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Federico Fellini professed a desire to create “an entire film made of immobile pictures.” In this study, Hava Aldouby uses this quotation as a launching point to analyze Fellini’s films as sequences of “pictures” that draw extensively on art history, and particularly painting, as a reservoir of visual imagery. Aldouby employs an innovative pictorial approach that allows her to uncover a wealth of visual evocations overlooked by Fellini scholars over the years.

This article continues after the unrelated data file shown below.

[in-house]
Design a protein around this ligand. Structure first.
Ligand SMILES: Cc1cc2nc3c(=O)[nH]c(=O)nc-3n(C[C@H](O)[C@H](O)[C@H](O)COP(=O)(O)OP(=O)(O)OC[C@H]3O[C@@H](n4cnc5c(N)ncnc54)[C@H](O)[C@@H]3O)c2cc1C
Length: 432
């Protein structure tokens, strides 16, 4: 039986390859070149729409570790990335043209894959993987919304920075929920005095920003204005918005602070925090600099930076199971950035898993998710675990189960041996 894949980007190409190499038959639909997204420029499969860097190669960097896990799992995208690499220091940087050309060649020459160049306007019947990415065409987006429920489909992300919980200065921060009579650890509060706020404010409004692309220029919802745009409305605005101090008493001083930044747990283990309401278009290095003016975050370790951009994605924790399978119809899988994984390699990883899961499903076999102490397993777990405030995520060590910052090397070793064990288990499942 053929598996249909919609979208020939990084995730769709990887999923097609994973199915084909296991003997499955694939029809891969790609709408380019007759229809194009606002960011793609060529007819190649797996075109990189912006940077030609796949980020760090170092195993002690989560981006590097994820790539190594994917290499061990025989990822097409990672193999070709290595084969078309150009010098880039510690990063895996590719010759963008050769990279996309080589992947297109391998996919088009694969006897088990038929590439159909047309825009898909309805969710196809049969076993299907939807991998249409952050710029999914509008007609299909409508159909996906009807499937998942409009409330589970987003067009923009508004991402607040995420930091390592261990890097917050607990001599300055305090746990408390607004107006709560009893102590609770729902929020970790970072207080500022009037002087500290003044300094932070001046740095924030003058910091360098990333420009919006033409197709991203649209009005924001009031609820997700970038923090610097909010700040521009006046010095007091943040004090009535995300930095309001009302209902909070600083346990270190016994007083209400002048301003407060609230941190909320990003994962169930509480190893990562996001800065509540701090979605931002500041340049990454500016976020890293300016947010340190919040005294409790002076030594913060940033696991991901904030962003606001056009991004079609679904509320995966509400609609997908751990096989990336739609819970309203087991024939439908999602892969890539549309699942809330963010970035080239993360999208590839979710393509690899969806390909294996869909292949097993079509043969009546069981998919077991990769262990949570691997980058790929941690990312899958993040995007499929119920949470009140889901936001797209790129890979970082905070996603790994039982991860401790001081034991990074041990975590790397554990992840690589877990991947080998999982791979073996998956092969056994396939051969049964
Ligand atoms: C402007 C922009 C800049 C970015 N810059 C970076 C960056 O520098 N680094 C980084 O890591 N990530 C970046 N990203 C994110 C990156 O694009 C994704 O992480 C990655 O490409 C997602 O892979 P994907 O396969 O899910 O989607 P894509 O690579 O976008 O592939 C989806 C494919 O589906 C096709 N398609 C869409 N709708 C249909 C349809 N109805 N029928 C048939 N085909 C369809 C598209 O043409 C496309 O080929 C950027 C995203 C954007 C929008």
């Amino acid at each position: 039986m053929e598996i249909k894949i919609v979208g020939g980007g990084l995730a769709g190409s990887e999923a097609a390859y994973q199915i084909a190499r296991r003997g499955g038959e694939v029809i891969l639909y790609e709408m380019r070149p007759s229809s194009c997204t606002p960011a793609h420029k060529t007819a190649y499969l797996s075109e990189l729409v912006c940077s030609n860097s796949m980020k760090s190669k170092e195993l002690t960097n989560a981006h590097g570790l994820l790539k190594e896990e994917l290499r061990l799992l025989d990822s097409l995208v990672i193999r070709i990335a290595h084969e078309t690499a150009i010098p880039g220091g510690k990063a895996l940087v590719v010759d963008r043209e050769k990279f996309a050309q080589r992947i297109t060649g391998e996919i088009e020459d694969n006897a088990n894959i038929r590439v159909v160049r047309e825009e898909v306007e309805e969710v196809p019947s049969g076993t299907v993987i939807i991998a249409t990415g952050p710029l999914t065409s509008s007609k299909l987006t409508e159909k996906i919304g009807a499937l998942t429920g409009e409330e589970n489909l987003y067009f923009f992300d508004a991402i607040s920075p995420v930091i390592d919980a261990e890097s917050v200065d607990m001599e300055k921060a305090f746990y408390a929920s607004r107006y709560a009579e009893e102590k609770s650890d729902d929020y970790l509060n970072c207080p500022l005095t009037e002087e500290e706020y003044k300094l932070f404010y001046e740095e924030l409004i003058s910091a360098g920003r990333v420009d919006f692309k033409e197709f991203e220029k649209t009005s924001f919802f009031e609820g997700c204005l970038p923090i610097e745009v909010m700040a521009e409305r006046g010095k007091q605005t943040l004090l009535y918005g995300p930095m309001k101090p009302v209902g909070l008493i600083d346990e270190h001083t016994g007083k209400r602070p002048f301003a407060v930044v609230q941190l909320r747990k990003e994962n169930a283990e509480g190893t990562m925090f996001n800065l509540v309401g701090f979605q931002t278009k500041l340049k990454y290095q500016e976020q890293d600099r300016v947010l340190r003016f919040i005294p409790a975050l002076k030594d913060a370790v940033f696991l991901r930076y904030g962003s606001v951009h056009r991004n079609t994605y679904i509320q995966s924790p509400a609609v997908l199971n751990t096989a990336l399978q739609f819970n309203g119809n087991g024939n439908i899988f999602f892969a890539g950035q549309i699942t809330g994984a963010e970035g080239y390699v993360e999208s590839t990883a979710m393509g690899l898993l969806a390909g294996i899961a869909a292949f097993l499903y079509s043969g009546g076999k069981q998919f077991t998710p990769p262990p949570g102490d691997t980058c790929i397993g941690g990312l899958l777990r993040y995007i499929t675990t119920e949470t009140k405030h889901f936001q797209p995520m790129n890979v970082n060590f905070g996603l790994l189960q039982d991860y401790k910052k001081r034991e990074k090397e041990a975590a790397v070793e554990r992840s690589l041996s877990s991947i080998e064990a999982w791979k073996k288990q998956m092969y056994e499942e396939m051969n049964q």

Federico Fellini: Painting in Film, Painting on Film sheds light on the intertextual links between Fellini’s films and the works of various artists, from Velazquez to Francis Bacon, by identifying references to specific paintings in his films. Using new archival evidence from Fellini’s private library, brought to light for the first time here, Aldouby draws out Fellini’s in-depth knowledge of art history and his systematic employment of art-historical allusions.